Cybertruck owners commenting on the forum offered their own solutions. One owner claimed cleaning the affected areas with Bar Keepers Friend and Windex appeared to solve the issue. It should be noted though that the Tesla owner's manual appears to advise owners against trying certain DIY efforts. The company, according to the manual, notes it won’t be held liable for damages sustained to the vehicle if user’s failed to abide by those guides. Another Cybertruck owner commenting on the forum offered a blunter solution: just don’t get the truck wet.

“I think as long as you don't drive it in the rain,” the commenter wrote, “It will be fine…” Others advised owners of the luxury off-road vehicle to “cover that sucker during transport.”

CEO Elon Musk’s parchment for stainless steel extends beyond Cybertruck or even Tesla. SpaceX, Musk’s aerospace venture, has long-used stainless steel as the main build material for its Starship rocket due to the material’s high melting point and, maybe more importantly, it's more affordable cost relative to more widely used carbon fiber. Responding to customer concerns over scratches resulting from off-roading, Musk previously said Tesla could offer an option “basically-scratch proof” tungsten carbide coating for an additional fee. It’s unclear if Tesla intends to actually follow through with that idea.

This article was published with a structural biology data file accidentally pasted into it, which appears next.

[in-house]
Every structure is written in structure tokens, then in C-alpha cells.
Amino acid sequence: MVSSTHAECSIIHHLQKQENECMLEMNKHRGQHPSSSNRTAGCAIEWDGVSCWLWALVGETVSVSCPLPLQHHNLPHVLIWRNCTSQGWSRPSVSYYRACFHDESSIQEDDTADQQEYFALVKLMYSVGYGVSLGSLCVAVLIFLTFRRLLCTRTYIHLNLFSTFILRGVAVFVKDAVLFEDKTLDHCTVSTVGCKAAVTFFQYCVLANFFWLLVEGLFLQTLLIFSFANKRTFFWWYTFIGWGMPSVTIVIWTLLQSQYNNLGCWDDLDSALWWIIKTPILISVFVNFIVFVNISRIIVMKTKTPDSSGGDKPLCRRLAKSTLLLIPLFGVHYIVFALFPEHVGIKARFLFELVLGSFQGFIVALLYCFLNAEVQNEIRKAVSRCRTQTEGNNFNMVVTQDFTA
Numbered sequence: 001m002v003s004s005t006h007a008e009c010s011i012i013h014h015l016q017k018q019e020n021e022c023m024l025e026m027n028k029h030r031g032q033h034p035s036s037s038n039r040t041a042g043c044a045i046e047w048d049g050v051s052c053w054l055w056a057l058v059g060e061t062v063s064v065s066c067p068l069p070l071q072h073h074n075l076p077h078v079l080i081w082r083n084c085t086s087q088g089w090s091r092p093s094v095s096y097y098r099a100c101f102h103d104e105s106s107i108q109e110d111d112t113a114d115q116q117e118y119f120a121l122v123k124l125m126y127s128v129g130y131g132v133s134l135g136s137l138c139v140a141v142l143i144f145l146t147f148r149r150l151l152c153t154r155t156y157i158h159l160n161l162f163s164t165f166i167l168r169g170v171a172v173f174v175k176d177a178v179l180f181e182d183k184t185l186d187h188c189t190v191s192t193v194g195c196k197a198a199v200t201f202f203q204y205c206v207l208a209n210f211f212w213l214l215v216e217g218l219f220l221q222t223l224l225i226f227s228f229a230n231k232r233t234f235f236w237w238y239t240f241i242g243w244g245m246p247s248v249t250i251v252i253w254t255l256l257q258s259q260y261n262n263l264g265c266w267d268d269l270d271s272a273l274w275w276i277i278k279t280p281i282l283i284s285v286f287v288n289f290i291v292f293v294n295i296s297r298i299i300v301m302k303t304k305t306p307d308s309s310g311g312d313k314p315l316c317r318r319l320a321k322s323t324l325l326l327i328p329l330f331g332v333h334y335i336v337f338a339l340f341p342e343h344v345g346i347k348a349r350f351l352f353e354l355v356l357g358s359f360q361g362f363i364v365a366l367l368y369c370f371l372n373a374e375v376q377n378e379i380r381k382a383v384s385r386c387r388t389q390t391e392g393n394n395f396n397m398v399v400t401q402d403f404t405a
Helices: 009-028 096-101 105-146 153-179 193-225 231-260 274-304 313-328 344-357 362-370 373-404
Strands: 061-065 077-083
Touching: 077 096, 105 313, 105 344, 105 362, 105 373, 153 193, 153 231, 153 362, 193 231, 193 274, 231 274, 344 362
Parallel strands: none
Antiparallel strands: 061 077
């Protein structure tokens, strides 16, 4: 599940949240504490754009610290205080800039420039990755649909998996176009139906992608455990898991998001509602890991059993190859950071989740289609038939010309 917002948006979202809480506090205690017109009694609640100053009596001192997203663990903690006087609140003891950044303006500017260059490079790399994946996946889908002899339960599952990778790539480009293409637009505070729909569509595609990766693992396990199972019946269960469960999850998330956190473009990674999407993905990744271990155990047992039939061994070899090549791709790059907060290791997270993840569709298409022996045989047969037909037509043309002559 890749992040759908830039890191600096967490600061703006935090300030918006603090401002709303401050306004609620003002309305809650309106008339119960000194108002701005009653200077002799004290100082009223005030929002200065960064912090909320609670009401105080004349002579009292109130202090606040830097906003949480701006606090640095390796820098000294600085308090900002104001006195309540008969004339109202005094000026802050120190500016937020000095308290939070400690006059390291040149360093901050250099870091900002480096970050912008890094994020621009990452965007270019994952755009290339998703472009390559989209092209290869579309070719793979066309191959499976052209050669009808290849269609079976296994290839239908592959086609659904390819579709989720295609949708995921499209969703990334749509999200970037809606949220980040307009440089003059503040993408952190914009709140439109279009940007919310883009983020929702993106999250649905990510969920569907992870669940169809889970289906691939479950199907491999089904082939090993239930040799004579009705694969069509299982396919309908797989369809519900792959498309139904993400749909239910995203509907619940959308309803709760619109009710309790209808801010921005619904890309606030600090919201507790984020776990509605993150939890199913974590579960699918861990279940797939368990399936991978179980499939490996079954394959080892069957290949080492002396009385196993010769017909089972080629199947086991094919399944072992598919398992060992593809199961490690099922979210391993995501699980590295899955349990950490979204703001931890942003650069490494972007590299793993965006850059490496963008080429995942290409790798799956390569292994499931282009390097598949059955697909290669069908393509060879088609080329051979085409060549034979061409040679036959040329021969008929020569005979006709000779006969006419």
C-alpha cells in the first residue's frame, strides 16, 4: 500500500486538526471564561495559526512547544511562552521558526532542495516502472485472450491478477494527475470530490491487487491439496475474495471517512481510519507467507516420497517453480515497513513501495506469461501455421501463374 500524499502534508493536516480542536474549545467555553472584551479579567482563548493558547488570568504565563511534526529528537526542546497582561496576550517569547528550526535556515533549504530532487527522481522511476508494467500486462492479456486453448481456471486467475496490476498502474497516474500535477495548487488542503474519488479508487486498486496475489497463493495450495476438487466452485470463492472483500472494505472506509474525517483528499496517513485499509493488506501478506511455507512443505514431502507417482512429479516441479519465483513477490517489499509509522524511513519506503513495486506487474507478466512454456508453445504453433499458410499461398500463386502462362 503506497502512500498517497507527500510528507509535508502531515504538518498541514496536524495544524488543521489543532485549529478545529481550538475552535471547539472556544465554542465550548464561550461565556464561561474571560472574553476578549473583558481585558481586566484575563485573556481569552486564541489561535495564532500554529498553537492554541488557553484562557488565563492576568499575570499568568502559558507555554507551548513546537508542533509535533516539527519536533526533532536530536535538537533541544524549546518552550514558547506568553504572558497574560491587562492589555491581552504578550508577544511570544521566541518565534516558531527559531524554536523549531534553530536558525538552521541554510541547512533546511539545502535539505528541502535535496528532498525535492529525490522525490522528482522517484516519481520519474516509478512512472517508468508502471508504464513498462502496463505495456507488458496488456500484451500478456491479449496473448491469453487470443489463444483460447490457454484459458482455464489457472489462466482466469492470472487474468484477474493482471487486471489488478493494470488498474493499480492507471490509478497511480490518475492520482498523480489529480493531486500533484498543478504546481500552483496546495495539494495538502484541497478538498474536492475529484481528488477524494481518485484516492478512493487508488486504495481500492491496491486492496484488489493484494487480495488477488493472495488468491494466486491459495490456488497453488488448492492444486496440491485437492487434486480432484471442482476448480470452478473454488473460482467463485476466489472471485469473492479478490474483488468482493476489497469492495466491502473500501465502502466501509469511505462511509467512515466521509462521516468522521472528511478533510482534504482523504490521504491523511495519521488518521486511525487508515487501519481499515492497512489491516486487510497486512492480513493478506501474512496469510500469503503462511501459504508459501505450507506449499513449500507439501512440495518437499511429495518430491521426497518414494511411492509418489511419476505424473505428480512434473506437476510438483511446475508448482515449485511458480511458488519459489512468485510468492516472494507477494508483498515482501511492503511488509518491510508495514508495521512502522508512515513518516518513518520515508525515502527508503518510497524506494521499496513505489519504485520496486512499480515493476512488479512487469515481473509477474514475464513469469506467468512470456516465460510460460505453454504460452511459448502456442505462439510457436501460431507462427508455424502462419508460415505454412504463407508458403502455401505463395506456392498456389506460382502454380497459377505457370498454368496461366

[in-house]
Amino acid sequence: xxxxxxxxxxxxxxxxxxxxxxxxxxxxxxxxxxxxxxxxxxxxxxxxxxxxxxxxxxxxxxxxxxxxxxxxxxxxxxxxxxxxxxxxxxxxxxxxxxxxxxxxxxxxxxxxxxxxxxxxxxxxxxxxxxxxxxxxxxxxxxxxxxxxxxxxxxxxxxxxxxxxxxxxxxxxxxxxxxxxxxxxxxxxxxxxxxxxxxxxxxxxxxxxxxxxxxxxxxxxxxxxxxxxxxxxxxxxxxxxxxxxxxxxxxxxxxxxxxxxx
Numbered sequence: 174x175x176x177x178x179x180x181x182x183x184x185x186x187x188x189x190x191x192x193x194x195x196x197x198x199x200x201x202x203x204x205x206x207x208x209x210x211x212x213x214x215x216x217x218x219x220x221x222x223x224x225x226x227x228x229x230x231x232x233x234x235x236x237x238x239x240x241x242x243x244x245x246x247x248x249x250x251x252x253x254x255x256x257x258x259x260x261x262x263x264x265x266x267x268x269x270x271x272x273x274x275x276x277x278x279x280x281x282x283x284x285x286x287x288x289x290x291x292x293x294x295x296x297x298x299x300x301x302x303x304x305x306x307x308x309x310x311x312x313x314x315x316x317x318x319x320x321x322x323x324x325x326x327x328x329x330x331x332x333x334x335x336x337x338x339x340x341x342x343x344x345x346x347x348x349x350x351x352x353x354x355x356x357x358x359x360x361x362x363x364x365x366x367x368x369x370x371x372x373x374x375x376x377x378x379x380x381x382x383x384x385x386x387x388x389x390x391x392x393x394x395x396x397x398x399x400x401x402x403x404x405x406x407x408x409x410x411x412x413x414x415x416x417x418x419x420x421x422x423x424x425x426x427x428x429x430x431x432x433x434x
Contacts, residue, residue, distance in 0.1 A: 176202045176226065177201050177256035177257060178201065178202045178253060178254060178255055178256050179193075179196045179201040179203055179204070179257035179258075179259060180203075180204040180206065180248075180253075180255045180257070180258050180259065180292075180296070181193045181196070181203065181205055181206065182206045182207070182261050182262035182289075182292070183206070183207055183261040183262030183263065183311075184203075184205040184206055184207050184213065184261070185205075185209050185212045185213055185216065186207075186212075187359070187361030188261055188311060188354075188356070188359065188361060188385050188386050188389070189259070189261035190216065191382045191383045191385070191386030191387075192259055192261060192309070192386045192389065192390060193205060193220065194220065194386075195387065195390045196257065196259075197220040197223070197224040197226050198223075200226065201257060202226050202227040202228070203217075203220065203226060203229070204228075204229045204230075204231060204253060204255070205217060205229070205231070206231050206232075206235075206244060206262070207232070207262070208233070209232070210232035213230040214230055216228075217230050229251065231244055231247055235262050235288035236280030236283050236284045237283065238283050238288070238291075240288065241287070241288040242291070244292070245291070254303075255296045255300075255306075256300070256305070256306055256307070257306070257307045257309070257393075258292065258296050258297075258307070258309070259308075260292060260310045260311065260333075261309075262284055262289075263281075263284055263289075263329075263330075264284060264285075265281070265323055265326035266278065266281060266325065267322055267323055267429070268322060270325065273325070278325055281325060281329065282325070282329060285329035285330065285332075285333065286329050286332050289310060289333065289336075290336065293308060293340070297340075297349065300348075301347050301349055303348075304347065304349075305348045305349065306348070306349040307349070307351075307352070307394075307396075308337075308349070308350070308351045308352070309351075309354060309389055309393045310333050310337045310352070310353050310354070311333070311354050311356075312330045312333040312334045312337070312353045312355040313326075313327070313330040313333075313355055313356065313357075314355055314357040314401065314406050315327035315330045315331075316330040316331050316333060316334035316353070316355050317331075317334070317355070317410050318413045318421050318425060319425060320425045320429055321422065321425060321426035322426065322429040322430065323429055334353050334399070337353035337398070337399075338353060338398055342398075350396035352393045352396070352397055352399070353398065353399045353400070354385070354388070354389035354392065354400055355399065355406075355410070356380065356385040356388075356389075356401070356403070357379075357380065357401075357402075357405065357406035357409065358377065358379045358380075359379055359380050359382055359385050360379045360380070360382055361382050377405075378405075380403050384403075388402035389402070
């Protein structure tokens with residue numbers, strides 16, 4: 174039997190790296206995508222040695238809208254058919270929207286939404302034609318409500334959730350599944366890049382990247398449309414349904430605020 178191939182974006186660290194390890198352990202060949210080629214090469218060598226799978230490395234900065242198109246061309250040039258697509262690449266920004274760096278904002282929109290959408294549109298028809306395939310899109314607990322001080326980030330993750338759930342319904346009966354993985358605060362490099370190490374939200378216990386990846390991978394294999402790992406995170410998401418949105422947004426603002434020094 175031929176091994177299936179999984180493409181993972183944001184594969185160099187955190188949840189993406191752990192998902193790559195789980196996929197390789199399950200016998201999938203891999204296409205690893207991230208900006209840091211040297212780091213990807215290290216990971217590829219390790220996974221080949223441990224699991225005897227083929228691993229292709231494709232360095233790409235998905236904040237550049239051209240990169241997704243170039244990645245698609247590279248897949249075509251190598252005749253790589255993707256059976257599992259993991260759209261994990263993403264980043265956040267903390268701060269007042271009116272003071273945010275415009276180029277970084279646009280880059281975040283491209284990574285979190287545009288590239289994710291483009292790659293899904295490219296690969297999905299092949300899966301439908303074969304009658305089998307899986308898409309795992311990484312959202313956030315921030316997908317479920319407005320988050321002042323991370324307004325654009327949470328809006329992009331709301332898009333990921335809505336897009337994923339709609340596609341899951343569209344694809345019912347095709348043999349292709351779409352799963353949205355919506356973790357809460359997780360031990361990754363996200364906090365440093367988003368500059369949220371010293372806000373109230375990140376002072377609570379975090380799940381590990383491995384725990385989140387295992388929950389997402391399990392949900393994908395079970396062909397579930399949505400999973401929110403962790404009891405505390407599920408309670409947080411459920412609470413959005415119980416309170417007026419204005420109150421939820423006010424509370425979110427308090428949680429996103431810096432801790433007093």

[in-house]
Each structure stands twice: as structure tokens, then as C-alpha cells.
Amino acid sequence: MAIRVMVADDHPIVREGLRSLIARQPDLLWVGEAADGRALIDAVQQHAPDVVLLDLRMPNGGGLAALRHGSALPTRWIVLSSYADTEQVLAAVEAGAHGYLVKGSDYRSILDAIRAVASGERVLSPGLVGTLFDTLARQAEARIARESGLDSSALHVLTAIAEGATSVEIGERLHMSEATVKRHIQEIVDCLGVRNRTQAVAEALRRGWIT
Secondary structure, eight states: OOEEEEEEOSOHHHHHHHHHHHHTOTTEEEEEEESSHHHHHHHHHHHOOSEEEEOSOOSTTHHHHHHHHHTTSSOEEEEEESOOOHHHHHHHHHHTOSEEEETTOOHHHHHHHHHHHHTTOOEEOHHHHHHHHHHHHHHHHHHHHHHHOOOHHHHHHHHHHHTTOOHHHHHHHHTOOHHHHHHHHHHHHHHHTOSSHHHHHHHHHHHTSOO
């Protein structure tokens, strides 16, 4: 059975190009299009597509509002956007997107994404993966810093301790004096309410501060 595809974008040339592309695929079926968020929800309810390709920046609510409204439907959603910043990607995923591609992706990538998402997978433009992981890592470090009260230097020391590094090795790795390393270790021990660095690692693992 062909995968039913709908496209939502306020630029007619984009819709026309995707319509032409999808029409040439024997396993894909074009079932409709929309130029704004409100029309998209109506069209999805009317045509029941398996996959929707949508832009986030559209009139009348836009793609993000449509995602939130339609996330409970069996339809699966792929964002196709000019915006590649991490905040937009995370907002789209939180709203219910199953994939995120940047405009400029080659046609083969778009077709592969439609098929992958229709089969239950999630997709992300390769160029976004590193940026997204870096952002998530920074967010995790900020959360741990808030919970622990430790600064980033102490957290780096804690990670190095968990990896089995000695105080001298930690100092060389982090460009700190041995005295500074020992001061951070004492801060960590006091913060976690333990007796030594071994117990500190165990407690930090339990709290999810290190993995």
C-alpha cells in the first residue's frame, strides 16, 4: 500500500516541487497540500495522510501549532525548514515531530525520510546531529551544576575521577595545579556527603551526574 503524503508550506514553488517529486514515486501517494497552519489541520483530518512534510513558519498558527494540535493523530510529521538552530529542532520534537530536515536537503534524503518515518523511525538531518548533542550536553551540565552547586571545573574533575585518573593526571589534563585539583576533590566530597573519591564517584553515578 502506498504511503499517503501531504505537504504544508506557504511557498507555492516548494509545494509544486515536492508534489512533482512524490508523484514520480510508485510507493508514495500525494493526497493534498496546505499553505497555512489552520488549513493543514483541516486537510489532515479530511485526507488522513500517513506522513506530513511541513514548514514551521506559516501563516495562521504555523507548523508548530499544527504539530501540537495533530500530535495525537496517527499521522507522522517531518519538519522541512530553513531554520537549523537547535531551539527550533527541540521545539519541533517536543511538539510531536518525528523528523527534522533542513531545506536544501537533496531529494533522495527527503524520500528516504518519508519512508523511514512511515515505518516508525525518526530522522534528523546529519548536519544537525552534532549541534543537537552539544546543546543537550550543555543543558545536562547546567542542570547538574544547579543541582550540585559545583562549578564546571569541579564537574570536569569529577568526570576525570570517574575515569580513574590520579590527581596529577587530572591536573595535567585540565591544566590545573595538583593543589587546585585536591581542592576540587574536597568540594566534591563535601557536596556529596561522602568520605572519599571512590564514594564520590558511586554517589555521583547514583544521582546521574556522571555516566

Cybertruck owners report series of odd design choices 

The alleged rust issue, if true, marks one of several growing quality complaints lodged against the Cybertruck which cuts against its tough and rugged premium image presented in marketing materials. Reporting from The Verge last year showed how the Cybertruck’s unconventional design led the company to attach multiple standard windshield wipers together in order to reach across the car’s wide front windshield. Reviewers on YouTube meanwhile have shown how the truck’s sharp angular front trunk can slice through carrots, apples, and hot dogs, when closed too quickly. Other Cybertruck owners have complained the vehicle's stainless steel exterior annoyingly makes its a fingerprint magnet.

Inconsistencies in quality and unmatched expectations have fueled criticism of Tesla vehicles broadly. In recent years, US regulators have opened investigations into the company after customers reported some models shockingly breaking unexpectedly. More recently, a Reuters investigation claims Tesla appeared to blame drivers for faulty suspensions and other parts failure the company knew were defective. Tesla may have jump-started the industry-wide pivot to electric vehicles, but actual owners don’t seem to be getting exactly what they asked for in every case.